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dc.contributor.advisorTimothy F. Jamison.en_US
dc.contributor.authorNg, Sze-Szeen_US
dc.contributor.otherMassachusetts Institute of Technology. Dept. of Chemistry.en_US
dc.date.accessioned2008-12-11T16:55:26Z
dc.date.available2008-12-11T16:55:26Z
dc.date.copyright2008en_US
dc.date.issued2008en_US
dc.identifier.urihttp://hdl.handle.net/1721.1/43730
dc.descriptionThesis (Ph. D.)--Massachusetts Institute of Technology, Dept. of Chemistry, 2008.en_US
dc.descriptionThis electronic version was submitted by the student author. The certified thesis is available in the Institute Archives and Special Collections.en_US
dc.descriptionVita.en_US
dc.descriptionIncludes bibliographical references.en_US
dc.description.abstractNickel-Catalyzed Coupling Reactions. Nickel-catalyzed allene--aldehyde coupling and alkene--aldehyde coupling represent two methods of preparing allylic alcohols. Most asymmetric transition metal-catalyzed methods of preparing enantiomerically enriched allylic alcohols rely on chiral ligands. The nickel-catalyzed allene--aldehyde coupling exploits the axial chirality in 1,3-disubstituted allenes in achieving asymmetric induction. When a chiral allene binds to a transition metal catalyst, the allene establishes a chiral environment around the metal center. This can possibly create a new stereocenter in a coupling product. Indeed, enantiomerically enriched allenes couple with aromatic aldehydes and triethylsilane in the presence of a nickel-carbene catalyst to provide selectively a Z-allylic alcohol with an enantiomeric excess identical to that of the starting chiral allene (eq 1). There is considerable interest to prepare allylic alcohols from simple alkenes because of their wide availability and ease of handling, as compare to alkenyl metal reagents, which are most commonly used to obtain allylic alcohols. It was reported in literature that a nickellacycle could be obtained from a mixture of nickel, a,?-enal, and a silyl triflate. Under appropriate conditions [beta]-hydride elimination could occur to provide an allylic alcohol product. The nickel(0) catalyst could be regenerated in the presence of a base. Ethylene and terminal alkenes are appropriate substrates for this transformation (eqs 2 and 3). Either allylic or homoallylic alcohol product can be obtained from terminal alkenes by using appropriate ligands for the nickel catalyst (eq 3) ... Synthetic studies of ent-dioxepandehydrothyrsiferol via an Epoxide-Opening Cascade Dioxepandehydrothyrsiferol is a marine polycyclic ether natural product isolated from the red algae Laurencia viridis.en_US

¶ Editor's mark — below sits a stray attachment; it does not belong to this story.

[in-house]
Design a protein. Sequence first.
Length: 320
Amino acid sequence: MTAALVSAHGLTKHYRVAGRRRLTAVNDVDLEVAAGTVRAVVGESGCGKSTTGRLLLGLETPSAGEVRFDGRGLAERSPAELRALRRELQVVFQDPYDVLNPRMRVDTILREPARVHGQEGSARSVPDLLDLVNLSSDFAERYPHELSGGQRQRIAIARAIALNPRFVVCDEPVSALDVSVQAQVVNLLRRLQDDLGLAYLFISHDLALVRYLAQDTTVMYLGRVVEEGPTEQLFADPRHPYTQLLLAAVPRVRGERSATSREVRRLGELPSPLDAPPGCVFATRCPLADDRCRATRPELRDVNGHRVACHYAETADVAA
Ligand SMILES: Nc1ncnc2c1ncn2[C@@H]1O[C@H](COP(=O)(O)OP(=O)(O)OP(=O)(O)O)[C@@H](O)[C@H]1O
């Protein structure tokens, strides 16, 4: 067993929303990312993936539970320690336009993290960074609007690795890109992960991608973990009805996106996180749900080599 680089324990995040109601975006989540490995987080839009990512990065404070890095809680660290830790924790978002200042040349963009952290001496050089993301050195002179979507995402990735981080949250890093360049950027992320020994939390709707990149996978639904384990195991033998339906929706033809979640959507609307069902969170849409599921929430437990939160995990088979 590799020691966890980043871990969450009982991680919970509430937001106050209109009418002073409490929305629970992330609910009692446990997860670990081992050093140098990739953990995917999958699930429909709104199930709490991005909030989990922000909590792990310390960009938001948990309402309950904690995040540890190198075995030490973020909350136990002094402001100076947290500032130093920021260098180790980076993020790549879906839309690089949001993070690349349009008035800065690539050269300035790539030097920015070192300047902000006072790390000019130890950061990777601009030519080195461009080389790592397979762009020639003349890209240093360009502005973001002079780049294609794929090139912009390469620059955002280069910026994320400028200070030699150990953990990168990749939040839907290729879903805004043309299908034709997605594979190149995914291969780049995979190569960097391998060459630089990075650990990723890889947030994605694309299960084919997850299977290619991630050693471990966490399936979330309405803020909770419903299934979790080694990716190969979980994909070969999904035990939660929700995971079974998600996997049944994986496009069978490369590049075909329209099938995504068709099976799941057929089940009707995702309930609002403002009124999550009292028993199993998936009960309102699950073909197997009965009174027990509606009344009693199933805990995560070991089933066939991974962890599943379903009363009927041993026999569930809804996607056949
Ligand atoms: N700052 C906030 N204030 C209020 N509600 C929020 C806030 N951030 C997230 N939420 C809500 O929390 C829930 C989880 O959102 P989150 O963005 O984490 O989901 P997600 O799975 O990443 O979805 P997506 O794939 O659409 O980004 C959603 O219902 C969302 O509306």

dc.description.abstract(cont.) Synthesis of the fused six-seven-seven cyclic ether in entdioxepandehdyrothyrsiferol through an epoxide-opening cascade strategy was explored. Formation of the strained tetrahydropyran ring in ent-dioxepandehdyrothyrsiferol directly from an epoxide-opening cascade of triepoxide allylic alcohol proved to be difficult. Alternatively, a d-lactone was obtained using an epoxide-opening cascade of triepoxide tert-butyl ester. The furan side chain was installed via a Suzuki coupling.en_US
dc.description.statementofresponsibilityby Sze-Sze Ng.en_US
dc.format.extent371 p.en_US
dc.language.isoengen_US
dc.publisherMassachusetts Institute of Technologyen_US
dc.rightsM.I.T. theses are protected by copyright. They may be viewed from this source for any purpose, but reproduction or distribution in any format is prohibited without written permission. See provided URL for inquiries about permission.en_US
dc.rights.urihttp://dspace.mit.edu/handle/1721.1/7582en_US
dc.subjectChemistry.en_US
dc.titleNickel-catalyzed coupling reactions and synthetic studies toward ent-dioxepandehydrothyrsiferol via an epoxide-opening cascadeen_US
dc.typeThesisen_US
dc.description.degreePh.D.en_US
dc.contributor.departmentMassachusetts Institute of Technology. Dept. of Chemistry.en_US
dc.identifier.oclc260349208en_US


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